Credit: Photo provided by Dr. Gary Martin
Former Sunnyside resident Wesley Fultz provided sealant services at cost. Fultz sealed cracks in the Lower Valley Pathway from the Sunnyside city limits to the Walmart Distribution center turn-off in Grandview.
As of Thursday, October 17, 2013
Lower Yakima Valley Pathway, extending from 16th Street in Sunnyside to the entrance of Grandview, gets some heavy daily wear. With that in mind the pathway board of directors spent the summer cleaning up the five-mile long walkway.
From cracks in the pathway, created by steady use by Lower Valley walkers, skateboarders and cyclists, to the vandalism of the restrooms along the recreational path, the pathway volunteers have their hands full, according to Nancy Arvidson, a longtime member of the board.
In September the board learned the restrooms located midway between Sunnyside and Grandview on the pathway had been smeared with excrement.
“It was a horrid mess,” Arvidson said.
The board contacted Cliff’s Septic Services of Sunnyside to power wash the filthy facility.
According to pathway volunteer Libby Werkhoven, “...the clean-up was amazing.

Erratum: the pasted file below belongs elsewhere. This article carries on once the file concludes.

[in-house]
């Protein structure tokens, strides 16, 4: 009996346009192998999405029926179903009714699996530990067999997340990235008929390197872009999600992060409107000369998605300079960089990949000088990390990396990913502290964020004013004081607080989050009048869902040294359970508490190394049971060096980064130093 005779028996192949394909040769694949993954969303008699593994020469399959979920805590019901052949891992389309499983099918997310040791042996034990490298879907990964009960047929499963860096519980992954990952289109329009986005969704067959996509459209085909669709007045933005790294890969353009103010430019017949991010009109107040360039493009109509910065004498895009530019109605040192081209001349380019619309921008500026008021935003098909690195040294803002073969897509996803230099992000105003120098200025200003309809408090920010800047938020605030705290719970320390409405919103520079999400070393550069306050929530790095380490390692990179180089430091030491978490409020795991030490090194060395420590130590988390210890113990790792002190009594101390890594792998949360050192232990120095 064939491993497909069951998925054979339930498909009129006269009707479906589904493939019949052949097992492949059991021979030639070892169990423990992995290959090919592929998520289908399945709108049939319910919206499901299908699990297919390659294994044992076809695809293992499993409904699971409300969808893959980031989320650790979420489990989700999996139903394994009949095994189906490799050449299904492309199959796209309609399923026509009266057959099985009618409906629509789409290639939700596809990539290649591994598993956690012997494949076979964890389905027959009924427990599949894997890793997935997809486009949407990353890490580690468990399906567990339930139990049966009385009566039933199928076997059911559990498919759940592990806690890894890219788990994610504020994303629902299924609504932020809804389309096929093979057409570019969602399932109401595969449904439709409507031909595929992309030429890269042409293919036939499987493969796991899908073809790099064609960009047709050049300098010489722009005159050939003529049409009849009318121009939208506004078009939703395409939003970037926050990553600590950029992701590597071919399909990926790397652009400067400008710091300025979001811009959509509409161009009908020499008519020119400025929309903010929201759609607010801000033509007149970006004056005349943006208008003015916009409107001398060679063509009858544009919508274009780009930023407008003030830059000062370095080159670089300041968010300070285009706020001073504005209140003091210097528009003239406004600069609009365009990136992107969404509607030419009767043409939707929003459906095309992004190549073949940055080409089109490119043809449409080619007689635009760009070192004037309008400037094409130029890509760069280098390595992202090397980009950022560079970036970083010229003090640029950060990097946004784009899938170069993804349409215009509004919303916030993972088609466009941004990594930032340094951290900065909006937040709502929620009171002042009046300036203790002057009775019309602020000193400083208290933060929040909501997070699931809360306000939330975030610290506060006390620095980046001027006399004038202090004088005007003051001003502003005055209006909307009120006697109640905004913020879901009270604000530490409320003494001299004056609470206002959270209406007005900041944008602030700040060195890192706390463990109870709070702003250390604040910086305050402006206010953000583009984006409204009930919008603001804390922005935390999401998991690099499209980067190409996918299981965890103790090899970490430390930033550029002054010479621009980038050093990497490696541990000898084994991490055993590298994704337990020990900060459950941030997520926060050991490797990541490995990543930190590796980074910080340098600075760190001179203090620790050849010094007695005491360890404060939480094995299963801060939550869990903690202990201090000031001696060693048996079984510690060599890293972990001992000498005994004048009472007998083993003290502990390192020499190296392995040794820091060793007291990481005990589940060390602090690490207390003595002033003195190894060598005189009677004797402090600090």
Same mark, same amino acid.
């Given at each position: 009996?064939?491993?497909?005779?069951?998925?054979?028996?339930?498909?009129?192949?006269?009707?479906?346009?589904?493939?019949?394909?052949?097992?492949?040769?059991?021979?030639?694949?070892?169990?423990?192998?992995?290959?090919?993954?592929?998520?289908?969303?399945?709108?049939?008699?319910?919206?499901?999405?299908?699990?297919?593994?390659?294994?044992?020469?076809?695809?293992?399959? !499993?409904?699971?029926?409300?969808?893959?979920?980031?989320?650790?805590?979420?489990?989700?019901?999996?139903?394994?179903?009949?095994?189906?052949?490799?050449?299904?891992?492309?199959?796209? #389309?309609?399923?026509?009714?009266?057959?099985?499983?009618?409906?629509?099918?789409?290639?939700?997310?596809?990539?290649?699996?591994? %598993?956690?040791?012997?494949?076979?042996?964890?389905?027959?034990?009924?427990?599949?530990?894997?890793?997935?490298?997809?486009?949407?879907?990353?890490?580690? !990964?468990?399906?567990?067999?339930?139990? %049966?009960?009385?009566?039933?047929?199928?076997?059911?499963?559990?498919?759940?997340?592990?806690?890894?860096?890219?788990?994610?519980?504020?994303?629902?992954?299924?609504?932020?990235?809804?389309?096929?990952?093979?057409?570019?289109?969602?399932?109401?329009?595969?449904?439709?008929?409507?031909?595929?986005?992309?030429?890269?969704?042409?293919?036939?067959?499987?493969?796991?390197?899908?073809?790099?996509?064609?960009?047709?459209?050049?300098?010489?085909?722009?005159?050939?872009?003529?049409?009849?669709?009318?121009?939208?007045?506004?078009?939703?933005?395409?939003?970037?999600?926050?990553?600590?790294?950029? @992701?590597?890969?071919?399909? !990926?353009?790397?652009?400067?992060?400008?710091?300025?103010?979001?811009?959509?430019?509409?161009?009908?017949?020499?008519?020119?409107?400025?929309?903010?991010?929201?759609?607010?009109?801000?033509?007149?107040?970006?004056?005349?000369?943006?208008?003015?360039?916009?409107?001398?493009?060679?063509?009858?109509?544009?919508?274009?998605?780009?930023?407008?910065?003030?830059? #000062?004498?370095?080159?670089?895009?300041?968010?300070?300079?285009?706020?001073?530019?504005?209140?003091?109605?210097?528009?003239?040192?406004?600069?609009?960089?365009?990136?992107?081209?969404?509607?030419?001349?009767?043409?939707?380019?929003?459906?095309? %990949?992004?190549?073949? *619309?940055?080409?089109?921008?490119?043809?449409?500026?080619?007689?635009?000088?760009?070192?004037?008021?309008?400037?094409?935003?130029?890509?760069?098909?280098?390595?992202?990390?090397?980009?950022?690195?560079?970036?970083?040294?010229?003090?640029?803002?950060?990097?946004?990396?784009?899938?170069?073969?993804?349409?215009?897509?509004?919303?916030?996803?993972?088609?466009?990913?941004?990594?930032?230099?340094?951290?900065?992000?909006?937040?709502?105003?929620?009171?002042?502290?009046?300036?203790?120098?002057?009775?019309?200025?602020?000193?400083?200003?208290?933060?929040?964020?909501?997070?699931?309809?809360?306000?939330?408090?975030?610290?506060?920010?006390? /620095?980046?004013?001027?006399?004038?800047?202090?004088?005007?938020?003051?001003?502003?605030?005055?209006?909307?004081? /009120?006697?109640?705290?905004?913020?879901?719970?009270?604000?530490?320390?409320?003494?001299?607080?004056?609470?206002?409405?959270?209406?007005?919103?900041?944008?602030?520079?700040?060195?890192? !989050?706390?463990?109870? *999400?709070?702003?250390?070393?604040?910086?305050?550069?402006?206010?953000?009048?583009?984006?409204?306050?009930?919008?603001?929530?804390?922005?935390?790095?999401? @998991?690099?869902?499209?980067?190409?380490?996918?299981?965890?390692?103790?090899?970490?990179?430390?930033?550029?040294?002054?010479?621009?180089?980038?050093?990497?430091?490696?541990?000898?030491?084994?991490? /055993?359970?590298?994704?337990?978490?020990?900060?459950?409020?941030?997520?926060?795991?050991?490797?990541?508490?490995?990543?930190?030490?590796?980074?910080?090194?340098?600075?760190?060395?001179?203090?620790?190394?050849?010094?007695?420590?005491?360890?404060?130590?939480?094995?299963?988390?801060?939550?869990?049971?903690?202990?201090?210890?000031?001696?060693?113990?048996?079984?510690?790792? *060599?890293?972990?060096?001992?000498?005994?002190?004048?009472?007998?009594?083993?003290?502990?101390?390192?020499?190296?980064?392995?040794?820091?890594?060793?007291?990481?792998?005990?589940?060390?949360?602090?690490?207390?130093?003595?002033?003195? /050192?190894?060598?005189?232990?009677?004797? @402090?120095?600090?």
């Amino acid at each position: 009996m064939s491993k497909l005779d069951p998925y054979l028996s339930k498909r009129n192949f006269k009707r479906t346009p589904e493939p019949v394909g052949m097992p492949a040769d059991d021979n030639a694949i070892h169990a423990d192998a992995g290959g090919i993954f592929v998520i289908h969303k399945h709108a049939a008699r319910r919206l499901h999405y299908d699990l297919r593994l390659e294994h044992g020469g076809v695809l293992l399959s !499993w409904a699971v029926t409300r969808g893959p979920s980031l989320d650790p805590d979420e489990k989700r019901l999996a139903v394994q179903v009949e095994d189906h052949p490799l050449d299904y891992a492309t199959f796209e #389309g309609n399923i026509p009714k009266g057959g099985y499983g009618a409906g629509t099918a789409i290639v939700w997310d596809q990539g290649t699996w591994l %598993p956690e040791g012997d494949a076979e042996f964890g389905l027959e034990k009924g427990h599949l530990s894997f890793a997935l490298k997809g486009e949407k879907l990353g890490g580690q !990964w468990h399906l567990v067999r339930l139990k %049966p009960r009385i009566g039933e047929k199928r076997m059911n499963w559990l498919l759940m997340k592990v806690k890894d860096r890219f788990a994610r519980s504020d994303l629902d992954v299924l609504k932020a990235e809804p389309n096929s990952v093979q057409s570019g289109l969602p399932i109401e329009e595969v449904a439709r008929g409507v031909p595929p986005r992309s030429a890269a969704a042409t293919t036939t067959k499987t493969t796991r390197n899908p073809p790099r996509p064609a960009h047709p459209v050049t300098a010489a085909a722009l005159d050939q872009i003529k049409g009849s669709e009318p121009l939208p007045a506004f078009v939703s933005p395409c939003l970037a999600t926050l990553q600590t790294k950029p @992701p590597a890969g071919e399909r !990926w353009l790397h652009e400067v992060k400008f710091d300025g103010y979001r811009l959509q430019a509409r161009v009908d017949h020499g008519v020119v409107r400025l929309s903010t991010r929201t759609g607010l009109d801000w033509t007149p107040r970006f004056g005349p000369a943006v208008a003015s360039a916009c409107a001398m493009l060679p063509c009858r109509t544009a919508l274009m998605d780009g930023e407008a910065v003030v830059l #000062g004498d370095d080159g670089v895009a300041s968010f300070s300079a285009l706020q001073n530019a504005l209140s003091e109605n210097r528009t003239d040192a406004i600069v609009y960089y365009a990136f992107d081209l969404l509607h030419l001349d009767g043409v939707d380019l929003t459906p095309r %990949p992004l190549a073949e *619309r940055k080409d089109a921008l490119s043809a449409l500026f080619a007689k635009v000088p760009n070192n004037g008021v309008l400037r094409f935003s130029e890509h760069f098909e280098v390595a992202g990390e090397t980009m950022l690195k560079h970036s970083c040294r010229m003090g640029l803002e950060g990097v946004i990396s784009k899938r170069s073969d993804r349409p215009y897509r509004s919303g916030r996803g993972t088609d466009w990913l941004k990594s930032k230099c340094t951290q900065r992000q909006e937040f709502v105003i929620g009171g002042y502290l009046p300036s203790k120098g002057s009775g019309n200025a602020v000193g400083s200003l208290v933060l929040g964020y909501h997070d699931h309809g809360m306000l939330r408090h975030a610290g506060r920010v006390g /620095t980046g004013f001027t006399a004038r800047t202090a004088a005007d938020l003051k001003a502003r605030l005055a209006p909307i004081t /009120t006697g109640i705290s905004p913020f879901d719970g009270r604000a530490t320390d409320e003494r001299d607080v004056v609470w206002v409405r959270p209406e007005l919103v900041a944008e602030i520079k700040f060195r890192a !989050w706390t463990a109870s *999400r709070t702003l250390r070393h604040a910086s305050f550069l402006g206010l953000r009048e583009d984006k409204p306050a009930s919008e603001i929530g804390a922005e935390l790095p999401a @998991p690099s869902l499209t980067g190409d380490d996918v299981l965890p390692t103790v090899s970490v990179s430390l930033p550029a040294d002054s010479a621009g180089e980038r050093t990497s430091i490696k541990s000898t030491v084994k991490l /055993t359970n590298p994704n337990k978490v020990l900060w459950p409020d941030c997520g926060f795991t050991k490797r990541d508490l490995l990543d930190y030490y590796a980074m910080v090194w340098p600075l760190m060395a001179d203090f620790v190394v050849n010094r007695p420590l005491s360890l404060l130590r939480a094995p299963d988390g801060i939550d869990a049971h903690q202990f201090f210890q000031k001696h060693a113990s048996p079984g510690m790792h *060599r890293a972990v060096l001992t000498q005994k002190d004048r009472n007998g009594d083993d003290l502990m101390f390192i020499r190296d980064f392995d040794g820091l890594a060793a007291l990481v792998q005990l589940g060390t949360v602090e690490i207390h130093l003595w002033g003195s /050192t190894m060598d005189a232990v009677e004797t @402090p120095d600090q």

“The service people even washed the graffiti off the walls during the cleaning,” she said. “There was even toilet paper sitting in the holder, when they got done.”
Pathway cracks have been sealed from the city limits of Sunnyside to the Walmart Distribution Center turn-off in Grandview, according to Pathway Board President Gary Martin.
Recently, former Sunnyside resident Wesley Fultz spent two days sealing the cracks in the walkway.
“He did it at his cost for the rubber material,” Martin said. “We sincerely appreciate Fultz for his help in sealing the more than 250 cracks in the pathway surface.
“The total cost was $1,130. A real bargain for us,” he added.
“We thank everyone who has helped maintain the pathway, from picking up garbage, to cleaning the toilet, to sealing those cracks,” Martin said.
Arvidson said most people who use the pathway are respectful and help keep it nice for everyone, but there are those few who just have to be nasty and rude.
“The pathway is a wonderful resource used by many people, not just those from our community,” Arvidson said. “We appreciate all of those who help maintain the facility.
“We’d just like to remind people that the pathway is a public facility and we all need to work to keep it useable,” she added.